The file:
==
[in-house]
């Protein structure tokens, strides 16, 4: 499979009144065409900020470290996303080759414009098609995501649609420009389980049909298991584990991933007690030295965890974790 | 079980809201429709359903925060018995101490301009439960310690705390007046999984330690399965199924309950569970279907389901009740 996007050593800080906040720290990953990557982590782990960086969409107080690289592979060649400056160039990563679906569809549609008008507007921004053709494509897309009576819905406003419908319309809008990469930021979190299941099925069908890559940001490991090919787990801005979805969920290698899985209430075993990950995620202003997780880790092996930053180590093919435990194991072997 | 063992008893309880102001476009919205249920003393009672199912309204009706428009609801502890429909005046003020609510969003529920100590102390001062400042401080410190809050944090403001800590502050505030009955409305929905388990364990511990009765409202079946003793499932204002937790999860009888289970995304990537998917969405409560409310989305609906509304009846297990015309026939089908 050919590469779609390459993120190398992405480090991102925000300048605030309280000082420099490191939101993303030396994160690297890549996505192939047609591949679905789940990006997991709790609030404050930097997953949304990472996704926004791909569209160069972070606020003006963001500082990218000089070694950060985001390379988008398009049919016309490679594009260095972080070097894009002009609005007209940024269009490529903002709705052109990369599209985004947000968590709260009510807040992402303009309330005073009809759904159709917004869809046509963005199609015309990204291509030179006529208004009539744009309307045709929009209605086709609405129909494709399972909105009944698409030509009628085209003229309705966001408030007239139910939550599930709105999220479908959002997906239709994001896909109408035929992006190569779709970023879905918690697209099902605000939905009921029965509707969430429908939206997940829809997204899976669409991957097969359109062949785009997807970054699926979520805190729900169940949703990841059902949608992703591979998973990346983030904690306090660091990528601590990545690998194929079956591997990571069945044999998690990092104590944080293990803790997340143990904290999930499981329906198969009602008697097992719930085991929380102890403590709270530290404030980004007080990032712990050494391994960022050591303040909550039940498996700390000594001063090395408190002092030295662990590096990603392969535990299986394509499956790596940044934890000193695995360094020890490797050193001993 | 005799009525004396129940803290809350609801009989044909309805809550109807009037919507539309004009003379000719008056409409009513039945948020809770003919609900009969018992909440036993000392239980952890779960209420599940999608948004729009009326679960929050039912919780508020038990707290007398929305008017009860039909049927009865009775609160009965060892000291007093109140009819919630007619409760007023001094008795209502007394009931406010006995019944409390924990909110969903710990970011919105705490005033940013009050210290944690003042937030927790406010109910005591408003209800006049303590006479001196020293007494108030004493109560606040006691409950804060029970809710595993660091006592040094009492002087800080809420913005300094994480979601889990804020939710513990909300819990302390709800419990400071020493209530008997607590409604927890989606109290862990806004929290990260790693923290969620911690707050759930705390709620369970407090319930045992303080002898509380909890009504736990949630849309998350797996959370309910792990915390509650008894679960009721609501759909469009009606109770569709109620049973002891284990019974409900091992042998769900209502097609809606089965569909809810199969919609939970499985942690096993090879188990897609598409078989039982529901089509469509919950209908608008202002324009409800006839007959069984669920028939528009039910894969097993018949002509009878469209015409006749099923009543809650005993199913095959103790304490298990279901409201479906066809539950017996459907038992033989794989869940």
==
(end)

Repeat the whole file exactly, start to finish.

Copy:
[in-house]
């Protein structure tokens, strides 16, 4: 499979009144065409900020470290996303080759414009098609995501649609420009389980049909298991584990991933007690030295965890974790 | 079980809201429709359903925060018995101490301009439960310690705390007046999984330690399965199924309950569970279907389901009740 996007050593800080906040720290990953990557982590782990960086969409107080690289592979060649400056160039990563679906569809549609008008507007921004053709494509897309009576819905406003419908319309809008990469930021979190299941099925069908890559940001490991090919787990801005979805969920290698899985209430075993990950995620202003997780880790092996930053180590093919435990194991072997 | 063992008893309880102001476009919205249920003393009672199912309204009706428009609801502890429909005046003020609510969003529920100590102390001062400042401080410190809050944090403001800590502050505030009955409305929905388990364990511990009765409202079946003793499932204002937790999860009888289970995304990537998917969405409560409310989305609906509304009846297990015309026939089908 050919590469779609390459993120190398992405480090991102925000300048605030309280000082420099490191939101993303030396994160690297890549996505192939047609591949679905789940990006997991709790609030404050930097997953949304990472996704926004791909569209160069972070606020003006963001500082990218000089070694950060985001390379988008398009049919016309490679594009260095972080070097894009002009609005007209940024269009490529903002709705052109990369599209985004947000968590709260009510807040992402303009309330005073009809759904159709917004869809046509963005199609015309990204291509030179006529208004009539744009309307045709929009209605086709609405129909494709399972909105009944698409030509009628085209003229309705966001408030007239139910939550599930709105999220479908959002997906239709994001896909109408035929992006190569779709970023879905918690697209099902605000939905009921029965509707969430429908939206997940829809997204899976669409991957097969359109062949785009997807970054699926979520805190729900169940949703990841059902949608992703591979998973990346983030904690306090660091990528601590990545690998194929079956591997990571069945044999998690990092104590944080293990803790997340143990904290999930499981329906198969009602008697097992719930085991929380102890403590709270530290404030980004007080990032712990050494391994960022050591303040909550039940498996700390000594001063090395408190002092030295662990590096990603392969535990299986394509499956790596940044934890000193695995360094020890490797050193001993 | 005799009525004396129940803290809350609801009989044909309805809550109807009037919507539309004009003379000719008056409409009513039945948020809770003919609900009969018992909440036993000392239980952890779960209420599940999608948004729009009326679960929050039912919780508020038990707290007398929305008017009860039909049927009865009775609160009965060892000291007093109140009819919630007619409760007023001094008795209502007394009931406010006995019944409390924990909110969903710990970011919105705490005033940013009050210290944690003042937030927790406010109910005591408003209800006049303590006479001196020293007494108030004493109560606040006691409950804060029970809710595993660091006592040094009492002087800080809420913005300094994480979601889990804020939710513990909300819990302390709800419990400071020493209530008997607590409604927890989606109290862990806004929290990260790693923290969620911690707050759930705390709620369970407090319930045992303080002898509380909890009504736990949630849309998350797996959370309910792990915390509650008894679960009721609501759909469009009606109770569709109620049973002891284990019974409900091992042998769900209502097609809606089965569909809810199969919609939970499985942690096993090879188990897609598409078989039982529901089509469509919950209908608008202002324009409800006839007959069984669920028939528009039910894969097993018949002509009878469209015409006749099923009543809650005993199913095959103790304490298990279901409201479906066809539950017996459907038992033989794989869940």